Neoplasene: A New Weapon in the War Against Cancer

By Teresa Garden, DVM


Recent research in veterinary medicine suggests that one half of dogs and cats over the age of 10 have cancer somewhere in their body. It does not imply that cancer will be their cause of death, only that it is there. It may rear its ugly head enough for it to be discovered or it may not. When cancer is diagnosed in your pet it can often be treated.  Current oncological approaches are increasingly effective and pets do recover or at least have quality time added to their life. Mainstream treatments for cancer include the following and sometimes a combination thereof: surgery, chemotherapy, and radiation.  The problem is that each of these modalities has limitations.  Surgery may be impractical due to location, size, or invasiveness of the tumor.  Metastases or poor condition of the pet may exclude surgery as a viable treatment option.  Chemotherapy can be expensive and have adverse effects on healthy cells and tissues.  Radiation therapy is offered at only a few facilities and may not be practical due to travel time and/or expense involved.  The efficacy of chemotherapy and radiation therapy can be limited in many cancer cases.  These are a few reasons why concerned pet owners may seek alternative cancer treatments for their pet.

A practical, affordable, and effective alternative treatment for cancer in some pets is Neoplasene.  Neoplasene is an isoquinolone alkaloid derived from Sanguinaria canadensis, the bloodroot plant.  It can be employed to treat and eradicate fast growing tissue such as warts, benign tumors and malignant tumors.  Neoplasene is the trade name for the alkaloid Sanguinarine.  Neoplasene works by destroying the cell membrane of malignant cells.  Neoplasene will cause necrosis and inhibition of proliferation of neoplasms by interfering with their cell DNA and ATP.  It does this while at the same time sparing healthy cells and tissues. This is a huge advantage over typical chemotherapeutic drugs.  Various forms of Neoplasene (topical salve, injection, oral liquid) are available to veterinarians for use.  Which form to use depends on the location, size, and shape of the tumor but not the type of cancer.  Treatment protocol is independent of cancer cell type.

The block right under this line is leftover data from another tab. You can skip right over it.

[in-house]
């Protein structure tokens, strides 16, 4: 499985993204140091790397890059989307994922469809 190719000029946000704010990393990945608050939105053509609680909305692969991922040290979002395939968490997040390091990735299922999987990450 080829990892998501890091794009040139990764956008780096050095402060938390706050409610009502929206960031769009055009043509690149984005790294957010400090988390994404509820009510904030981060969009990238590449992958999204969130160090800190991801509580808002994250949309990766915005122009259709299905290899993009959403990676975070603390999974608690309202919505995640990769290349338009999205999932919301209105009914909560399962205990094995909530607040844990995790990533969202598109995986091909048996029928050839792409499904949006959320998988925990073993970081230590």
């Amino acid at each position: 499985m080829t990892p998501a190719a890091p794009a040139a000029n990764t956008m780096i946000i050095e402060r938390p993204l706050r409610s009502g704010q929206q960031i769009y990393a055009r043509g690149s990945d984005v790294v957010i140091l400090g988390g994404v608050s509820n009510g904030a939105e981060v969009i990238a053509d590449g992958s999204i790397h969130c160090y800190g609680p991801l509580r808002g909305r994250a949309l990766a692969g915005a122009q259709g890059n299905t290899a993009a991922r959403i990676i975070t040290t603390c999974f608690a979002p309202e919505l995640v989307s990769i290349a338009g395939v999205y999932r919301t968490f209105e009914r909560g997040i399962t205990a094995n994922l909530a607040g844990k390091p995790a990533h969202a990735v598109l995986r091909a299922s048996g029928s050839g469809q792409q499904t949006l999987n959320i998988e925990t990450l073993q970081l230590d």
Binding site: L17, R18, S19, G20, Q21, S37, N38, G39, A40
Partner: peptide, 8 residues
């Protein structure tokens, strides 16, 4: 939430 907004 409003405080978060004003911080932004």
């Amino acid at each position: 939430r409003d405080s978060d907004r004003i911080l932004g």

Neoplasene salve can be topically applied to relatively small tumors in the skin or subcutaneous tissue.  The treated area is bandaged for 24 hours and then the salve is removed. The tumor will start to die away in 4-5 days after which an open wound will need to be managed for approximately 1-2 weeks.  For relatively large skin and subcutaneous tumors injectable Neoplasene X is employed.  The area of tumor is clipped and cleaned and small amounts of Neoplasesne X are injected at multiple sites into the tumor.  After 5-7 days the tumor will undergo necrosis (cell death).  At this time follow-up treatment with the salve or oral Neoplasene is indicated. It may require several weeks to get resolution of a large tumor and will require managing an open wound.

The liquid oral form of Neoplasene is indicated for use for internal tumors not amenable to surgery or chemotherapy and for cancers that have metastasized. As previously stated it is often employed as follow-up treatment to skin and subcutaneous tumors that have been treated with Neoplasene salve or injection.  It also can be employed as follow-up treatment for cancers that have already been treated surgically or with radiation.  The oral form of the drug circulates throughout the body causing apoptosis and necrosis of neoplasms wherever it contacts diseased cells. Oral Neoplasene is systemic in its effect. Thus, cancer remote and unseen (metastases) is attacked. It may be used for several months or even lifetime depending on the type of cancer. The oral liquid is mixed with the pet’s natural grain-free canned food or homemade food twice daily. No dry or raw food may be given while the pet is on the medicine. Side effects such as nausea are minimized by giving an anti-emetic medicine such as Reglan prior to meals.

Neoplasene has been used to treat many types of cancer: squamous cell carcinoma, mast cell tumor, spindle cell tumor, bladder cancer, hemangiosarcoma, lymphoma, mammary tumors, fibrosarcoma, osteosarcoma, adenocarcinoma, and melanoma. Neoplasene can be a viable alternative treatment modality for cancer in pets deemed too risky for surgery or if pet owners are under financial restraints that may exclude options of surgery or chemotherapy.  Many thousands of clinical applications have been accomplished as of June 2008. Private practitioners, as well as veterinary oncologists, have employed Neoplasene to help their small and large animal cancer patients. To learn more about this unique oncological therapeutic product please visit the following websites: www.neoplasene.net and www.buckmountainbotanicals.net.

Dr. Teresa Garden is chief veterinarian/owner of Animal Health & Healing, a full-service holistic and conventional veterinary practice in the Maplewood / Richmond Heights area. Phone: 314-781-1738. AnimalHealthnadHealing.com.